Every UK citizen should perhaps be made to write an article on the German asset management industry in the run-up to the referendum on UK membership of the European Union on 23 June. I’ve just written one (page 12) and nothing could have been more instructive as to the business and economic benefits of the single European market.
A single European market for financial services has not been easy to achieve – indeed has not been achieved – but the progress made over the past 20 years is considerable.
It’s all there to see in Germany where foreign fund managers, very many of them British, now sup at the trough of German savings alongside their indigenous counterparts.
This could all be lost if the British are persuaded by the sometimes xenophobic arguments of the Leave campaign on 23 June. For the repercussions of Brexit, it is very clear, would go well beyond British shores and beyond economics.
“Strictly speaking, the cost of a UK exit looks manageable for the EU,” writes Maxine Alimi of Axa Investment Managers in one of the many jittery investment reports that have been released in the run-up to the referendum. “In our view, however, the bigger picture is what will matter most and determine the ultimate cost of Brexit. What is at stake with Brexit is the future of the EU as a regional integration project.”
Too true. If the UK goes, who will be next? And if the regional integration project of the EU fails, what, if anything, will replace it? These are questions that have not being asked during the referendum campaign, much less answered.
Underlying the drive for a referendum on the UK’s membership of the EU is, I believe, a profound misconception as to what the UK is.
“England should be England,” said the former cricketer Ian Botham, adding his voice to the Leave campaign.
But England is not the UK, and the UK is not England. Neither is the EU Europe. Yet we constantly hear about what will happen if the UK ‘leaves Europe’.
This feat of geological realignment, I fear, is beyond even Mr Botham – or the flaxen-haired former mayor of London, surely a descendent of Norse invaders.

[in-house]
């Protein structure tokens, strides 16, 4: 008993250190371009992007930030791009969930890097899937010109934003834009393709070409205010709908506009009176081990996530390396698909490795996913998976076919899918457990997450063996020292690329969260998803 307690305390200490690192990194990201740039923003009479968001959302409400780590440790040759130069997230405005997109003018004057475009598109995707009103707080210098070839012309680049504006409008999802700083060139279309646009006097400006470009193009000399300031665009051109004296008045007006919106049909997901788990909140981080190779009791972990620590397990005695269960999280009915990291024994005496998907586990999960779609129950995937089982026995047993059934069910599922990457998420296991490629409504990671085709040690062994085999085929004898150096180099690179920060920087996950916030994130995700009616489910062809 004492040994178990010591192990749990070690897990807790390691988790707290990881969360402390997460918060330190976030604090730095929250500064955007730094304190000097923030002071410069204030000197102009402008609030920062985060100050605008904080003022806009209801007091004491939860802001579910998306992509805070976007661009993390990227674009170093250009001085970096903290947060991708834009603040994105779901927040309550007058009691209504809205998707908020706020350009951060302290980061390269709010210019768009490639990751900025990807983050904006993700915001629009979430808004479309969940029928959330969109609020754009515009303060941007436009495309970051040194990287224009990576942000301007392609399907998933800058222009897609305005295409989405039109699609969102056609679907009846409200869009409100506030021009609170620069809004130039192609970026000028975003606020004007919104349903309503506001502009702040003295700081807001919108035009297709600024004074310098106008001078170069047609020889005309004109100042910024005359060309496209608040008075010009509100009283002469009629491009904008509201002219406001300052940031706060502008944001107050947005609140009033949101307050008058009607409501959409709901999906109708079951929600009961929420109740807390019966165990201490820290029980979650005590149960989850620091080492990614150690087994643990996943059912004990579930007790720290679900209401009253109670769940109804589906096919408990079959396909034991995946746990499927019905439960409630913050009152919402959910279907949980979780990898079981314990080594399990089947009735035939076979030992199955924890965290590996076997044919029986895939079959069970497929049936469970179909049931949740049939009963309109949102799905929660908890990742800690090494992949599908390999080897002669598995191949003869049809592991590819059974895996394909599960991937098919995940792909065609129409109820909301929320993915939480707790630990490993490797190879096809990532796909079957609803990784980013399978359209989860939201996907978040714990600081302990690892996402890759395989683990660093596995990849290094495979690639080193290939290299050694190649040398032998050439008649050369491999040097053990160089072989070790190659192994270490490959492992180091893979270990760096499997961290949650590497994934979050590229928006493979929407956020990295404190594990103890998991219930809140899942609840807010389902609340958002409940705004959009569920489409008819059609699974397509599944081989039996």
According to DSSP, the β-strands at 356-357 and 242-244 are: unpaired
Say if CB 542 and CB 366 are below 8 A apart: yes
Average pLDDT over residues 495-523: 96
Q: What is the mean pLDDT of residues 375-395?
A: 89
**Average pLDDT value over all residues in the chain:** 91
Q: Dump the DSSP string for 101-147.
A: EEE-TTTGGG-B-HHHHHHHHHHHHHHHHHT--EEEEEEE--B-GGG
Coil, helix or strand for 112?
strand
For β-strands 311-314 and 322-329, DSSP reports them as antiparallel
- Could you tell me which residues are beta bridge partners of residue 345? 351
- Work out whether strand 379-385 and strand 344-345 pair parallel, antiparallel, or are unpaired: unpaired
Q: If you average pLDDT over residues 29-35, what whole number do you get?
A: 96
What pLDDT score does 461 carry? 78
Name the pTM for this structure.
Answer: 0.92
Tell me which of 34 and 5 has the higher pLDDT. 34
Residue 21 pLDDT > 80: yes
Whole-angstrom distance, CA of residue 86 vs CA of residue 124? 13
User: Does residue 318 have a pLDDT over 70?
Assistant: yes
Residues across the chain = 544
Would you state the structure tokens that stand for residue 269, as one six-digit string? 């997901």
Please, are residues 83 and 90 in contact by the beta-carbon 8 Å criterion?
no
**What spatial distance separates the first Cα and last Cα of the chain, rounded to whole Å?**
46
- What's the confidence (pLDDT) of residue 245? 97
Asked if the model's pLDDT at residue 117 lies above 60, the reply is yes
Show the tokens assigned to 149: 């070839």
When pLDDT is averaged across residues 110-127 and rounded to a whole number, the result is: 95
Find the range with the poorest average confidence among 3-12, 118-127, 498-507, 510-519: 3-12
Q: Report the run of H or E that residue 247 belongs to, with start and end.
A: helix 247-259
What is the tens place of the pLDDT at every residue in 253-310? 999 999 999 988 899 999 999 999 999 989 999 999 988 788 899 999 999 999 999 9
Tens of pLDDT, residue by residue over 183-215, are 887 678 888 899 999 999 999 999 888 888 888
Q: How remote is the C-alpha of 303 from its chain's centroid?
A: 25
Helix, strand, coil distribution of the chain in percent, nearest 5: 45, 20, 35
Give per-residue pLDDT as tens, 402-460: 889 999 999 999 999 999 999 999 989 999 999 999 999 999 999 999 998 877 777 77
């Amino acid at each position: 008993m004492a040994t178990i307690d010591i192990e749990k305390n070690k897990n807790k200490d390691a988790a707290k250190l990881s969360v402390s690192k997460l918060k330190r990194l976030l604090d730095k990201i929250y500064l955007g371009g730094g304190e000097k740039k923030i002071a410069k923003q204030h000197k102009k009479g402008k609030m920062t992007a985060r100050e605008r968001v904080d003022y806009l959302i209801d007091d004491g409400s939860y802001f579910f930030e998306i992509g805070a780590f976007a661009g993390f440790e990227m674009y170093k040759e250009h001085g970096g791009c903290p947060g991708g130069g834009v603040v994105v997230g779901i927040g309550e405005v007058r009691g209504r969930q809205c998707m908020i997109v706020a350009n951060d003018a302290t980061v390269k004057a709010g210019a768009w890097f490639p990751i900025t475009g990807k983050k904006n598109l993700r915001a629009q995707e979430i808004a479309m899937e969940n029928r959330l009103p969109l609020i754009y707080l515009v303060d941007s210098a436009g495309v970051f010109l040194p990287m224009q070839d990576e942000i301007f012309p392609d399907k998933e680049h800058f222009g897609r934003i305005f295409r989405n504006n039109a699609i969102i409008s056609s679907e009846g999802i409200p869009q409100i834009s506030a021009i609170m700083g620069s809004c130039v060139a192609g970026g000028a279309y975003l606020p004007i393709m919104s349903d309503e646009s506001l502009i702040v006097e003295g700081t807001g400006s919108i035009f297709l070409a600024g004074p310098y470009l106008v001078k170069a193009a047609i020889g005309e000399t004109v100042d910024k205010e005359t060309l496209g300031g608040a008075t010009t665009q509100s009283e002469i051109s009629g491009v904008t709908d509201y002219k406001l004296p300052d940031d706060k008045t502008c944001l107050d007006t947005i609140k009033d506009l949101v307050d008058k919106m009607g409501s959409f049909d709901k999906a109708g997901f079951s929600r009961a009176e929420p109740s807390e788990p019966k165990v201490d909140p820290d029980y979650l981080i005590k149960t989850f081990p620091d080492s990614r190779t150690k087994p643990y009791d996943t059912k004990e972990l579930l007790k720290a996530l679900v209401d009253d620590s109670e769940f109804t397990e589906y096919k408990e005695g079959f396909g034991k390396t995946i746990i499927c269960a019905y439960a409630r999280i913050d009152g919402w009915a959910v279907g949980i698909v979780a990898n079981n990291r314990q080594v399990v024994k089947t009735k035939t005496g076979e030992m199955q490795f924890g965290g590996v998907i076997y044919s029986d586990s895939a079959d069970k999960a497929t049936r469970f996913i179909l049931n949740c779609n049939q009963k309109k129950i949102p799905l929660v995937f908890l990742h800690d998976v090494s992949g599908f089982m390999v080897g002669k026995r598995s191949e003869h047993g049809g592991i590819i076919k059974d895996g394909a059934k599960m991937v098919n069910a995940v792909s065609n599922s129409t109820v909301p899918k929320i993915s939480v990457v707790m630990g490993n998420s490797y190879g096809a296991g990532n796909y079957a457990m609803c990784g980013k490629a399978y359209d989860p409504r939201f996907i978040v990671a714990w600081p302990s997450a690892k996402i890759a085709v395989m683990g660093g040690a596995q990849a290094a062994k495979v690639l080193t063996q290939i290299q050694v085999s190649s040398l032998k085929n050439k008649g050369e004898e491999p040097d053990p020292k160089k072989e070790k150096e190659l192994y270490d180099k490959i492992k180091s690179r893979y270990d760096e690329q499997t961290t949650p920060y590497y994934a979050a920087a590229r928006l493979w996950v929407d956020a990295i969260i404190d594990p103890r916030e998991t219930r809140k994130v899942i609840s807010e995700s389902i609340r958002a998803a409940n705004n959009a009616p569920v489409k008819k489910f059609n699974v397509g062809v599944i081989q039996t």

Perhaps we need some emergency geography lessons here on the sceptred isle. Shakespeare could have done with some himself, as the isle comprises more than just “this England”.
A DESPERATE STATE OF AFFAIRS
Another kind of lesson might be even more valuable: language lessons. I was asked to write the German asset management article because I speak German. This makes me part of a small and diminishing minority of British people. Language learning in the UK is in crisis, and German in particular is in danger of withering away altogether.
This is a desperate state of affairs that impoverishes the UK. And is it a coincidence that scepticism about the benefits of EU membership has risen in the UK as language learning has declined? I think not.
Assuming the polls are right and the UK does not vote to leave the EU on June 23, a useful follow-up step would be to invest in language teaching as a matter of urgency. Most educated Dutch, German and Scandinavian people can speak at least
one other European language fluently. There is no reason why the British should be any different.
If we master languages, we may also master the art of being European. That would be just as well, because that is what we are. Making an effort to speak other European languages is a courtesy to our neighbours and a gift to ourselves.
“Languages aren’t just crucial for life and work in an increasingly globalised world, they matter to the UK’s future prosperity,” says Max Herbert, head of the schools programme at the British Council.
By turning our back on language learning – or on our European partners – we impoverish above all ourselves. Let’s hope we don’t do it.
Fiona Rintoul is editorial director at Funds Europe
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